Skip to main content Skip to main menu

A large exhibit case made of wood and glass. Inside are various artifacts, documents, and photos. Lessons in Labels

In my nearly 20-year career in the museum field, I have been a part of an exhibit team, helped locate artifacts to borrow on loan, located images for display and secured the necessary permissions, and supervised my interns’ curatorial projects, but I never had the opportunity to fabricate labels. This is probably because I worked in historic house museums where there tend to be no labels. So, as I was preparing to install a small exhibit in the Hall of Fame display case, our Museum Director Mike Hudson kindly showed me the ropes on the art of making labels.

To start we went down to the lower level of the building where a spray booth is located, complete with a built-in exhaust fan. Mike showed me how to spray on the adhesive and then carefully lay the paper onto the matboard. Once the printouts of the text were affixed (and after I washed my hands approximately six times getting most of the adhesive residue off my fingers), we went back up to the museum workroom where Mike demonstrated how to measure and leave just enough of a white border to be aesthetically pleasing. Fun fact: leave an extra 1/8” space at the bottom so the label doesn’t look top-heavy to the eye.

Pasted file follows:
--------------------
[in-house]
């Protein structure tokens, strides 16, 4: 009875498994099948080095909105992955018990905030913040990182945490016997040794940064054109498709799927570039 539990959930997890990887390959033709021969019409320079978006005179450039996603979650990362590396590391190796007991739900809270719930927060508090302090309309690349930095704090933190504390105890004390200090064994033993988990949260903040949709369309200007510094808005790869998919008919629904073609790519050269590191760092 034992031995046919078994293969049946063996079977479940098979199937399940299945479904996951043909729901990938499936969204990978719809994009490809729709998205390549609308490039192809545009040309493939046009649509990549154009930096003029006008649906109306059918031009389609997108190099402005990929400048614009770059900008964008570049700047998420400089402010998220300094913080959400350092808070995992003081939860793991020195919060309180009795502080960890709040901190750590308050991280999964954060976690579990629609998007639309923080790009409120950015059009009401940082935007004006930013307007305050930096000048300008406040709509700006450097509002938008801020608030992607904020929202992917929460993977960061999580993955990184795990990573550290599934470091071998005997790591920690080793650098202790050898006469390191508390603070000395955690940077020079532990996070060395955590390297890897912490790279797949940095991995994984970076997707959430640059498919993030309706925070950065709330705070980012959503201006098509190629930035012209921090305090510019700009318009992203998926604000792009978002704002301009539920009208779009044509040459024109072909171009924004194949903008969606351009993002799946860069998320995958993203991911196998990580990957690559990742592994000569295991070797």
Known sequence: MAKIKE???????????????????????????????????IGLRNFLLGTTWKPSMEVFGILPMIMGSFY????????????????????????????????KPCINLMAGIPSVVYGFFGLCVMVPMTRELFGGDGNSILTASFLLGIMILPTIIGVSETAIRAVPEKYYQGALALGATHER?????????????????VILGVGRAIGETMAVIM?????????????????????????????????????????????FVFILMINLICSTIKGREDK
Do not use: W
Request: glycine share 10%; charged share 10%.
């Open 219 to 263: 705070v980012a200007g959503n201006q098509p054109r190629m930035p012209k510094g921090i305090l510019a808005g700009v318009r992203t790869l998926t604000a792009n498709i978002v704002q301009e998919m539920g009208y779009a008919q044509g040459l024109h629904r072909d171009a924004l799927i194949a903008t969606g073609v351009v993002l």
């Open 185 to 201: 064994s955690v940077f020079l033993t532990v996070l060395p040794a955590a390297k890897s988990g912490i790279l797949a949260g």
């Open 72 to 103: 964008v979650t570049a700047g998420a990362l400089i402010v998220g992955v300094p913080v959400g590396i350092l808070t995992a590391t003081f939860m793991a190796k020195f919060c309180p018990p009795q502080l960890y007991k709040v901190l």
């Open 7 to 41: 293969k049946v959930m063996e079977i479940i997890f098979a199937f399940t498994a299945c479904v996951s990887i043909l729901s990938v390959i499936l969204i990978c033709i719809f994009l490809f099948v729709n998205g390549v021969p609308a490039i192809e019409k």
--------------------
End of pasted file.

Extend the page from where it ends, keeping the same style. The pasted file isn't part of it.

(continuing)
Then, gripping the utility knife, with a brand-new razor blade in place, I firmly pressed down and cut through my first label. Or so I thought. I lifted the mat board, but the label did not separate from it. The top was cut very cleanly, but the cut barely reached the backside of the board. I tried again, this time pressing as hard as my less than impressive arm muscles allowed, and the label separated from the matboard. Lesson learned: I needed to push down as hard as my arms would physically allow, and I would usually make a successful cut. My hand kept cramping up, so I had to take breaks after every few labels, but it was so exciting to see all of my research and writing take the shape of a proper museum label.

My arm was sore for the next four days (I wish I was exaggerating…), but it was definitely worth it. Once I had gotten a handle on the label texts, then I repeated the process with the various images for the exhibit. Researching, curating, fabricating, and installing the exhibit, then seeing the finished exhibit with the artifacts and images alongside their respective labels was such a fun experience.

Next up to learn: how to make exhibit mounts for artifacts.



Share this article.

Related articles

Unsolved Mysteries in Historical Research

You know those history research shows that trace your family’s history? I love shows like that, and they’re a great...

An Amazing Discovery: Laura Bridgman

While working my way through a series in the American Foundation for the Blind collection called “Education, Rehab, and Welfare,”...

Series 3: Unprocessed

When the AFB Helen Keller Archive arrived at APH, we found a few boxes labeled “Series 3: Unprocessed.” These unprocessed...